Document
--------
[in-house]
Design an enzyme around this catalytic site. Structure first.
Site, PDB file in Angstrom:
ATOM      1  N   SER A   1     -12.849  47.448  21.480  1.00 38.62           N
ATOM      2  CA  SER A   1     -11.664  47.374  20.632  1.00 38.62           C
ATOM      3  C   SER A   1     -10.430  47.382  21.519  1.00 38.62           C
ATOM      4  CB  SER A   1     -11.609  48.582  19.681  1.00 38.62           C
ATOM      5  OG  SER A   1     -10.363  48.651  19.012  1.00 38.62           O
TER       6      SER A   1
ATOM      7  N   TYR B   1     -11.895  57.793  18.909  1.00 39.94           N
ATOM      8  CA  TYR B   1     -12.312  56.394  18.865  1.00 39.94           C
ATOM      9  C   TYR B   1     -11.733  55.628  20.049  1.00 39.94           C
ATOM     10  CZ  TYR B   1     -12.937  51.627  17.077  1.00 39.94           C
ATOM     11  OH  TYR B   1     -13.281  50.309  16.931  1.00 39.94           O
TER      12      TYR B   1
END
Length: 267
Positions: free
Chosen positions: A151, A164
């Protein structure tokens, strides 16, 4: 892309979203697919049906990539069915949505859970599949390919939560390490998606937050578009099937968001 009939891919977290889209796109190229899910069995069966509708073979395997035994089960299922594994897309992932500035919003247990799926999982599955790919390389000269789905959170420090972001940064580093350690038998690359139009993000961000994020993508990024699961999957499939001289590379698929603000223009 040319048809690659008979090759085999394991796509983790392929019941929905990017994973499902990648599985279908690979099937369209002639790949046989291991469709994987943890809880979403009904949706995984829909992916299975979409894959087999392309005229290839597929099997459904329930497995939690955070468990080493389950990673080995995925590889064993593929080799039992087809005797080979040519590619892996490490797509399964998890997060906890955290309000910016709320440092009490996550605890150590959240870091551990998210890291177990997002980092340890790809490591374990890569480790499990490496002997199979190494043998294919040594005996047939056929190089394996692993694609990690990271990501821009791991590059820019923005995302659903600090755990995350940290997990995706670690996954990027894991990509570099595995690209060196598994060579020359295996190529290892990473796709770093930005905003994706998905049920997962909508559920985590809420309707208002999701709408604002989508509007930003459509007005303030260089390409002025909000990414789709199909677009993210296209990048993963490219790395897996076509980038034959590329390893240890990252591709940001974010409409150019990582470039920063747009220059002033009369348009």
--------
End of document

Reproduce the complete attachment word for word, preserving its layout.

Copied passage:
[in-house]
Design an enzyme around this catalytic site. Structure first.
Site, PDB file in Angstrom:
ATOM      1  N   SER A   1     -12.849  47.448  21.480  1.00 38.62           N
ATOM      2  CA  SER A   1     -11.664  47.374  20.632  1.00 38.62           C
ATOM      3  C   SER A   1     -10.430  47.382  21.519  1.00 38.62           C
ATOM      4  CB  SER A   1     -11.609  48.582  19.681  1.00 38.62           C
ATOM      5  OG  SER A   1     -10.363  48.651  19.012  1.00 38.62           O
TER       6      SER A   1
ATOM      7  N   TYR B   1     -11.895  57.793  18.909  1.00 39.94           N
ATOM      8  CA  TYR B   1     -12.312  56.394  18.865  1.00 39.94           C
ATOM      9  C   TYR B   1     -11.733  55.628  20.049  1.00 39.94           C
ATOM     10  CZ  TYR B   1     -12.937  51.627  17.077  1.00 39.94           C
ATOM     11  OH  TYR B   1     -13.281  50.309  16.931  1.00 39.94           O
TER      12      TYR B   1
END
Length: 267
Positions: free
Chosen positions: A151, A164
């Protein structure tokens, strides 16, 4: 892309979203697919049906990539069915949505859970599949390919939560390490998606937050578009099937968001 009939891919977290889209796109190229899910069995069966509708073979395997035994089960299922594994897309992932500035919003247990799926999982599955790919390389000269789905959170420090972001940064580093350690038998690359139009993000961000994020993508990024699961999957499939001289590379698929603000223009 040319048809690659008979090759085999394991796509983790392929019941929905990017994973499902990648599985279908690979099937369209002639790949046989291991469709994987943890809880979403009904949706995984829909992916299975979409894959087999392309005229290839597929099997459904329930497995939690955070468990080493389950990673080995995925590889064993593929080799039992087809005797080979040519590619892996490490797509399964998890997060906890955290309000910016709320440092009490996550605890150590959240870091551990998210890291177990997002980092340890790809490591374990890569480790499990490496002997199979190494043998294919040594005996047939056929190089394996692993694609990690990271990501821009791991590059820019923005995302659903600090755990995350940290997990995706670690996954990027894991990509570099595995690209060196598994060579020359295996190529290892990473796709770093930005905003994706998905049920997962909508559920985590809420309707208002999701709408604002989508509007930003459509007005303030260089390409002025909000990414789709199909677009993210296209990048993963490219790395897996076509980038034959590329390893240890990252591709940001974010409409150019990582470039920063747009220059002033009369348009």